Manual Discrete Mathematics and Its Applications (Higher Math)

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I still highly recommend it for those not familiar with the topics covered in the book. The Foundations: Logic and Proofs. Number Theory and Cryptography. Induction and Recursion. Discret e Probability.

Advanced Counting Techniques. Boolean Algebra. Modeling Computation. This chapter introduces propositional sentential logic, predicate logic, and proof theory at a very introductory level. It starts by introducing the propositions of propositional logic! It then goes on to introduce the idea of logical equivalence between sentences of propositional logic, before introducing quantifiers and predicate logic and its rules of inference.

It then ends by talking about the different kinds of proofs one is likely to encounter — direct proofs via repeated modus ponens , proofs by contradiction, proof by cases, and constructive and non-constructive existence proofs. This chapter illustrates exactly why this book is excellent as an introductory text. Additionally, it also explains the common pitfalls for the different proof methods that it introduces. This chapter introduces the different objects one is likely to encounter in discrete mathematics.

This chapter presents … surprise, surprise… algorithms! It starts by introducing the notion of algorithms, and gives a few examples of simple algorithms. It then spends a page introducing the halting problem and showing its undecidability. Afterwards, it introduces big-o, big-omega, and big-theta notation and then gives a very informal treatment of a portion of computation complexity theory. It's quite unusual to see algorithms being dealt with so early into a discrete math course, but it's quite important because the author starts providing examples of algorithms in almost every chapter after this one.

This section goes from simple modular arithmetic 3 divides 12! It then gives several applications of number theory: hash functions, pseudorandom numbers, check digits, and cryptography. The last of these gets its own section, and the book spends a large amount of it introducing RSA and its applications.

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This chapter introduces mathematical induction and recursion, two extremely important concepts in computer science. With these two results, we can conclude that the property is true of all natural numbers positive integers. The book then goes on to introduce strong induction and recursively defined functions and sets. From this, the book then goes on to introduce the concept of structural induction, which is a generalization of induction to work on recursively-defined sets.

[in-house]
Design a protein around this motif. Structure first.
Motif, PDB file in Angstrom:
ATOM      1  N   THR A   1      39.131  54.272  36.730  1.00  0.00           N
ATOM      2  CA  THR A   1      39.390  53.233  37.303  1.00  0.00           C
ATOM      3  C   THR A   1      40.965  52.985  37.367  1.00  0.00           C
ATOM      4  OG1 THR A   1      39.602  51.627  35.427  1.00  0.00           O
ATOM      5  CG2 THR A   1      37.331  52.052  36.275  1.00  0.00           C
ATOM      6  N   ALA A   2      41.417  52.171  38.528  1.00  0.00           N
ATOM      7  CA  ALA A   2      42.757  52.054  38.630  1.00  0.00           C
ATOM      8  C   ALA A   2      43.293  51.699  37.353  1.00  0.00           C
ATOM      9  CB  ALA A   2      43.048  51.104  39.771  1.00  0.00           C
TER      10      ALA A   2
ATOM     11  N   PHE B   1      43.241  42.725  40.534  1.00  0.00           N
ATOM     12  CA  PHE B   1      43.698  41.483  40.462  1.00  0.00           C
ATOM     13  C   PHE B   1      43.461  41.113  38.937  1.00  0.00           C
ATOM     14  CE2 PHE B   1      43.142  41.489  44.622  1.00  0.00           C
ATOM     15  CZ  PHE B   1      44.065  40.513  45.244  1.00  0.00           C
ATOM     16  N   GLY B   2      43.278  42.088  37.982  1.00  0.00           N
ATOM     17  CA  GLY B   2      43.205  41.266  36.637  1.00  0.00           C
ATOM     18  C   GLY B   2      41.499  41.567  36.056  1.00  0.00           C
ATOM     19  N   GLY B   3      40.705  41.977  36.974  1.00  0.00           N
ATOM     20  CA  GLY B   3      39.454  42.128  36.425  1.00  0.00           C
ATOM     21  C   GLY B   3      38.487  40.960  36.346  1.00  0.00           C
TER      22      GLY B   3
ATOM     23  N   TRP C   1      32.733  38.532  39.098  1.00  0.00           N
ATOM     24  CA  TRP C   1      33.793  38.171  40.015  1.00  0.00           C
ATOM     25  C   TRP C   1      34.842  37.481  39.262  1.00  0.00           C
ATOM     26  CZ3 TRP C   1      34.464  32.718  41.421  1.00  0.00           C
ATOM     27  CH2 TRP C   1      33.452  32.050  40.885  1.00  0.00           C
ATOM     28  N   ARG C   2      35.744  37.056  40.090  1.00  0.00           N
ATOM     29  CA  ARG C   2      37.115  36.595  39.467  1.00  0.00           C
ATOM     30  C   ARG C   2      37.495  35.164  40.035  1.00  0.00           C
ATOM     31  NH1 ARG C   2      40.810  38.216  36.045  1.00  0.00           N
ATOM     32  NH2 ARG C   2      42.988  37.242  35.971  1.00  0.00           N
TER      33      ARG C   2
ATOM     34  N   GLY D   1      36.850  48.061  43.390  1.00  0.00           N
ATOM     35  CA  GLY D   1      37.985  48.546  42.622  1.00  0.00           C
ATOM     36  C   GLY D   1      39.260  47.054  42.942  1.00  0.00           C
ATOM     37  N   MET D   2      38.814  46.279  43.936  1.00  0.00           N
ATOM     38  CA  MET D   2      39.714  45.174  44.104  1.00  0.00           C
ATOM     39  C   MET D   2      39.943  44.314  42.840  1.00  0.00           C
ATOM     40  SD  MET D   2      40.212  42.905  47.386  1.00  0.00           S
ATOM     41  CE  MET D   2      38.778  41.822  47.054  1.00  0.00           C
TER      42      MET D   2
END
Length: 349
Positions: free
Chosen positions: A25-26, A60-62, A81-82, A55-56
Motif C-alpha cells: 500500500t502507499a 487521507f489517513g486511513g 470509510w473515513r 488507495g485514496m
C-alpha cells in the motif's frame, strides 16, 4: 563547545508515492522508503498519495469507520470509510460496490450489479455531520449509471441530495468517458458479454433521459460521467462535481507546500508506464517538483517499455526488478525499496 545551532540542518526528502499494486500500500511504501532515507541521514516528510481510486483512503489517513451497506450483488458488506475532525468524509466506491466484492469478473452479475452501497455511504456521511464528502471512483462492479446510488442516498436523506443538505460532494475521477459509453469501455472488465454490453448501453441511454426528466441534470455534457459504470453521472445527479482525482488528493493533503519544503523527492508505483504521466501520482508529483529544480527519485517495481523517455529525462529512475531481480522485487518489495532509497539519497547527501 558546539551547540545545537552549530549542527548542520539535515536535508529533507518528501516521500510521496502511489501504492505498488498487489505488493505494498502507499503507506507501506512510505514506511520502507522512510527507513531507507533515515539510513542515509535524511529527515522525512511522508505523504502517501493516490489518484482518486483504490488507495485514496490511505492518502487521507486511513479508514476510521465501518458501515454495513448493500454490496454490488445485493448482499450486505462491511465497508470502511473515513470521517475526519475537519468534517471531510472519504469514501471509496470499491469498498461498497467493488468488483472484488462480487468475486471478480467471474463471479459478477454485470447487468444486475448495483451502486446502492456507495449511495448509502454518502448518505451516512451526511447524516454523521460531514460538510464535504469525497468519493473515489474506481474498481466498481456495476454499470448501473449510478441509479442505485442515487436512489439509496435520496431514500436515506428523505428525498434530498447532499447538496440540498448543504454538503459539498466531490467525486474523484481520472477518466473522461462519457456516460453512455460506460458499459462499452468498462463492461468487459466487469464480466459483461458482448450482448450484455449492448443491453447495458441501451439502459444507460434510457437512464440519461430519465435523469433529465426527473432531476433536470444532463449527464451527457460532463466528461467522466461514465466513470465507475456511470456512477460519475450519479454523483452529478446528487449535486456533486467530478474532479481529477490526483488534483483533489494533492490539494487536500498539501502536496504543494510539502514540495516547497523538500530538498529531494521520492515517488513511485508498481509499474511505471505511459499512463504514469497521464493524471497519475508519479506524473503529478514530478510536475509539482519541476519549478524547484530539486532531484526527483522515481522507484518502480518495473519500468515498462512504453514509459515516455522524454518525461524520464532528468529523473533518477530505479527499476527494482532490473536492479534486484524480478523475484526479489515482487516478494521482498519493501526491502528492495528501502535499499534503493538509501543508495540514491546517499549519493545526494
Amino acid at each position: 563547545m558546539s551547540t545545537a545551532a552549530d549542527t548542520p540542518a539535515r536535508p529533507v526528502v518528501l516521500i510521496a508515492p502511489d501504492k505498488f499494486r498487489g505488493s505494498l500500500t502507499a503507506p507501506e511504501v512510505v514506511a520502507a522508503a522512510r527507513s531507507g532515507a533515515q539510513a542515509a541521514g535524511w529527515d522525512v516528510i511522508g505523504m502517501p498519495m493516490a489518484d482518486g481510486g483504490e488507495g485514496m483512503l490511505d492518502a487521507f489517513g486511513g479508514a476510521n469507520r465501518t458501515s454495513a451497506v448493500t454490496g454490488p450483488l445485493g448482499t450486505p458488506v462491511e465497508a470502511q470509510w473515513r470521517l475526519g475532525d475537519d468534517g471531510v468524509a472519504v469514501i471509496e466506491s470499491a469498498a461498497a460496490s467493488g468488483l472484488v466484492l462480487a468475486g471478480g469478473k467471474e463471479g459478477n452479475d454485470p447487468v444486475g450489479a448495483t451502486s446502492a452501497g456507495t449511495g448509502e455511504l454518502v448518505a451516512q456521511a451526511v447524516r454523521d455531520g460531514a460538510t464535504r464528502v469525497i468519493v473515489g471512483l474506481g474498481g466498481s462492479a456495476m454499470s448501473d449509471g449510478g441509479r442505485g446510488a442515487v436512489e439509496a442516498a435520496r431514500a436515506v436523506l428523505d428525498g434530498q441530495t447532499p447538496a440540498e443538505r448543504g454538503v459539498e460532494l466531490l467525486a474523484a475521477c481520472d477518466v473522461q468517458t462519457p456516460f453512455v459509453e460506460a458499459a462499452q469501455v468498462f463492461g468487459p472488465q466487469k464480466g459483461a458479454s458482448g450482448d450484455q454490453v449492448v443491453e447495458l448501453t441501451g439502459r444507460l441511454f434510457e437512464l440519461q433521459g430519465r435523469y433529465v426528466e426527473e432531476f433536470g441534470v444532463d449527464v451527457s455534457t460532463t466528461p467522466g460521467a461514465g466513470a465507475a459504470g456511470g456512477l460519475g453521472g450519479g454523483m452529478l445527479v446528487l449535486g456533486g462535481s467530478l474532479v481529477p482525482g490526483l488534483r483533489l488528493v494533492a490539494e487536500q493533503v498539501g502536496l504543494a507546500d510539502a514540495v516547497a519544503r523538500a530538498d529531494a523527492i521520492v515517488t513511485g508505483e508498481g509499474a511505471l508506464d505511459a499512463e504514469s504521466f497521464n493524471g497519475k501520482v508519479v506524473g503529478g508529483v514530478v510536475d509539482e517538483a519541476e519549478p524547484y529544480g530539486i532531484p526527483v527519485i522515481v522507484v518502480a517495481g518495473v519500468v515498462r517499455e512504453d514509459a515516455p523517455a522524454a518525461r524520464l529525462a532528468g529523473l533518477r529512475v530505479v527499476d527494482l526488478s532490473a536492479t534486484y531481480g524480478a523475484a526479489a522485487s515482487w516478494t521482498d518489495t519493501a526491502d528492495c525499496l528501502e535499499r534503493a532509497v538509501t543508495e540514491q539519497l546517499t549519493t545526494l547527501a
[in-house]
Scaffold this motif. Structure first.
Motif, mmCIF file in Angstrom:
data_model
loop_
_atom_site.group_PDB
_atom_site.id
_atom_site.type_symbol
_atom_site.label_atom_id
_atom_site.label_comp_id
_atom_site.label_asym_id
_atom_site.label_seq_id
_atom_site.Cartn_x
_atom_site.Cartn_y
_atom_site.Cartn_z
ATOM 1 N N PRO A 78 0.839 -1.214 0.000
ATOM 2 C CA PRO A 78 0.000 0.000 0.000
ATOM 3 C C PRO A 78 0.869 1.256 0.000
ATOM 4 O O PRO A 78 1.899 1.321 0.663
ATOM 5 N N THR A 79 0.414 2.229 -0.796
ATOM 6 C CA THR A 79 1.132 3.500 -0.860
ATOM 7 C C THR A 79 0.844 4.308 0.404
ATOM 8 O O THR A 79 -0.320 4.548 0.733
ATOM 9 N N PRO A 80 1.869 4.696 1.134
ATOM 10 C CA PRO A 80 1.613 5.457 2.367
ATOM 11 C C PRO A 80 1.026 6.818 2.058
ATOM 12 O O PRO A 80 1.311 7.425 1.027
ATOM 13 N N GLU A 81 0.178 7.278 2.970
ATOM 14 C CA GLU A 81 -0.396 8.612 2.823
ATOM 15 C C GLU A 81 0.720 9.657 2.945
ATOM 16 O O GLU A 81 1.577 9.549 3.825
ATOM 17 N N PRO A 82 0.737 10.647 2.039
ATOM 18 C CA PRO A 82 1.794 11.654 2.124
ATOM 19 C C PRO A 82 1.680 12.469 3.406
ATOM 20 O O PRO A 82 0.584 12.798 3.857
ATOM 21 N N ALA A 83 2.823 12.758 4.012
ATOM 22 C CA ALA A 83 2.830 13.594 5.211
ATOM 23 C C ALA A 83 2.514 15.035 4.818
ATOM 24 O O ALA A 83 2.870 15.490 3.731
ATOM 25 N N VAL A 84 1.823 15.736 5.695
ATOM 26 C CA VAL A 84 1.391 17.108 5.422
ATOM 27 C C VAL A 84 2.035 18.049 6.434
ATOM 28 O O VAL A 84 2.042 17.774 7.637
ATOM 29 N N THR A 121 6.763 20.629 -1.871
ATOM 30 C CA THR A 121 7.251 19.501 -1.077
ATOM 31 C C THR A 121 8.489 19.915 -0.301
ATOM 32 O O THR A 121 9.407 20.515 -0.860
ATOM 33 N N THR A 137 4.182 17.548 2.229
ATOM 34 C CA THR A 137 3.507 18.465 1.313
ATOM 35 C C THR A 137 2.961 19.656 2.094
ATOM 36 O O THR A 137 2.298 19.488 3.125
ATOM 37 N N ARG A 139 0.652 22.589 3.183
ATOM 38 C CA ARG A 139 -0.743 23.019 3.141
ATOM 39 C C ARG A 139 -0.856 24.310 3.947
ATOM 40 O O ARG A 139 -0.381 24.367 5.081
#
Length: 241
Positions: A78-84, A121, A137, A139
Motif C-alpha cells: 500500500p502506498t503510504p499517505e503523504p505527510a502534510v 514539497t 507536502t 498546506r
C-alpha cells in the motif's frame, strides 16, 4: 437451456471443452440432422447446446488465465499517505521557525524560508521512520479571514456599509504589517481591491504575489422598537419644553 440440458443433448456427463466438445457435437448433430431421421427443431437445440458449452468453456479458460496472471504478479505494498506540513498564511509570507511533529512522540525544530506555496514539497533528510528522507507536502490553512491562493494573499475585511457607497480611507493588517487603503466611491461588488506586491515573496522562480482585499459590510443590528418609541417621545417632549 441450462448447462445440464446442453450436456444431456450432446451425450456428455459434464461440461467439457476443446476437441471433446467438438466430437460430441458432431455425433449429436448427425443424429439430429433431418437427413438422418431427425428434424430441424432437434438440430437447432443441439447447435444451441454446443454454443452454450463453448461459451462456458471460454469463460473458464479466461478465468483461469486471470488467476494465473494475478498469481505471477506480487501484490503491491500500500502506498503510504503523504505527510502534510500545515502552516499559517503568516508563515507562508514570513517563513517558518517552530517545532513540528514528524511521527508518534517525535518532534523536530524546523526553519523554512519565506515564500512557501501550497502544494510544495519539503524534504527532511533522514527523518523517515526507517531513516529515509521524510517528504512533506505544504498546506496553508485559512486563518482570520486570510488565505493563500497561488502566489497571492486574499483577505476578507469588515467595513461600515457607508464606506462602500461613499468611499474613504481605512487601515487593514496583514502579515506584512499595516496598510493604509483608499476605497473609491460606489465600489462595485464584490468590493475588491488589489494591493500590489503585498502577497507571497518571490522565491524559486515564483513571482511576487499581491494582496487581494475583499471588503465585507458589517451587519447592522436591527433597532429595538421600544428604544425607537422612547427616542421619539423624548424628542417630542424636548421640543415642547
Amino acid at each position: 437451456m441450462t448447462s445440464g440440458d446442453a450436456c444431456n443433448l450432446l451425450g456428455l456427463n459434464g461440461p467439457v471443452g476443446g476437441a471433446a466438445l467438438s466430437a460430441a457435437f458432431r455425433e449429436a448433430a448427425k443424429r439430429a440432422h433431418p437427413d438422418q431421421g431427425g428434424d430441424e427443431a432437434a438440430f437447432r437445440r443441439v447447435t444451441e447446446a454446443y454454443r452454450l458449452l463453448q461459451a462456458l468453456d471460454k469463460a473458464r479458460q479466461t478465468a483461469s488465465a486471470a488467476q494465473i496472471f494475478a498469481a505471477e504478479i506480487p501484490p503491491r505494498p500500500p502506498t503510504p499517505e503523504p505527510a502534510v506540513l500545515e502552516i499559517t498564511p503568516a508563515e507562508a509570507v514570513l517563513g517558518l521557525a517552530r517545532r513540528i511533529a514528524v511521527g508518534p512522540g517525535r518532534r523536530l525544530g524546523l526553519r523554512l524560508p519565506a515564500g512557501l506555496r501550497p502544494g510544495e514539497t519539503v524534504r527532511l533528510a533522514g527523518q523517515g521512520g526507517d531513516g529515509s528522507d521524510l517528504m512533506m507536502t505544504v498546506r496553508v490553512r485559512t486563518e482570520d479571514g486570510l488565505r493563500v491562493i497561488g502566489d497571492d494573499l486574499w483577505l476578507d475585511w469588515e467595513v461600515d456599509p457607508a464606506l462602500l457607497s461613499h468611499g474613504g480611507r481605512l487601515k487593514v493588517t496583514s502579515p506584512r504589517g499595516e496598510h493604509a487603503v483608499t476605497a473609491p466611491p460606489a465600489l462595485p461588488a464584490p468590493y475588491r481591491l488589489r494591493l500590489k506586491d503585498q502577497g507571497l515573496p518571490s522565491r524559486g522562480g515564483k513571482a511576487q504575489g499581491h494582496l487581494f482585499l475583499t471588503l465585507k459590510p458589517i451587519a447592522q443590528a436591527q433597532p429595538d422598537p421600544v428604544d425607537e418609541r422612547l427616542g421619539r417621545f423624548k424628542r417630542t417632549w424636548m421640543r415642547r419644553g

Then, the book introduces recursive algorithms, most notably the merge sort, before giving a high level overview of program verification techniques.

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The book now changes subjects to talk about basic counting techniques, such as the product rule and the sum rule, before interestingly moving on to the pigeonhole principle. It then moves on to permutations and combinations, while introducing the notion of combinatorial proof , which is when we show that two sides of the identity count the same things but in different ways, or that there exists a bijection between the sets being counted on either side.

Finally, it gives algorithms that generate all the permutations and combinations of a set of n objects. Compared to other sections, I feel that a higher proportion of readers would be familiar with the results of this chapter and the one on discrete probability that follows it.

Other than the last section, which I found quite interesting but not particularly useful, I felt like I barely got anything from the chapter. In this section the book covers probability, a topic that most of LessWrong should be quite familiar with. Like most introductory textbooks, it begins by introducing the notion of sample spaces and events as sets, before defining probability of an event E as the ratio of the cardinality of E to the cardinality of S. We are then introduced to other key concepts in probability theory: conditional probabilities, independence, and random variables, for example.

The textbook takes care to flesh out this section with a discussion about the Birthday Problem and Monte Carlo algorithms. Again, aside from the applications, most of this stuff is quite basic. As you can tell by the length of this section, I found this chapter quite helpful nevertheless. Finally, after a long trip through various recurrence-solving methods, the textbook introduces the principle of inclusion-exclusion, which lets us figure out how many elements are in the union of a finite number of finite sets.

Finally, 7 chapters after the textbook talks about functions, it finally gets to relations. Relations are defined as sets of n-tuples, but the book also gives alternative ways of representing relations, such as matrices and directed graphs for binary relations.

MATH Introduction to Discrete Mathematics

We conclude with two special types of relations: equivalence relations, which are reflexive, symmetric, and transitive; and partial orderings, which are reflexive, anti-symmetric, and transitive. You can also find solutions immediately by searching the millions of fully answered study questions in our archive.

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Introduction to Discrete Mathematics for Computer Science Specialization

Get Started. Select your edition Below by. Author: Kenneth H. Rosen, Kenneth Rosen. Discrete Mathematics and Its Applications 6th Edition. ISBN Author: Kenneth H Rosen. How is Chegg Study better than a printed Discrete Mathematics and Its Applications student solution manual from the bookstore? Can I get help with questions outside of textbook solution manuals? How do I view solution manuals on my smartphone?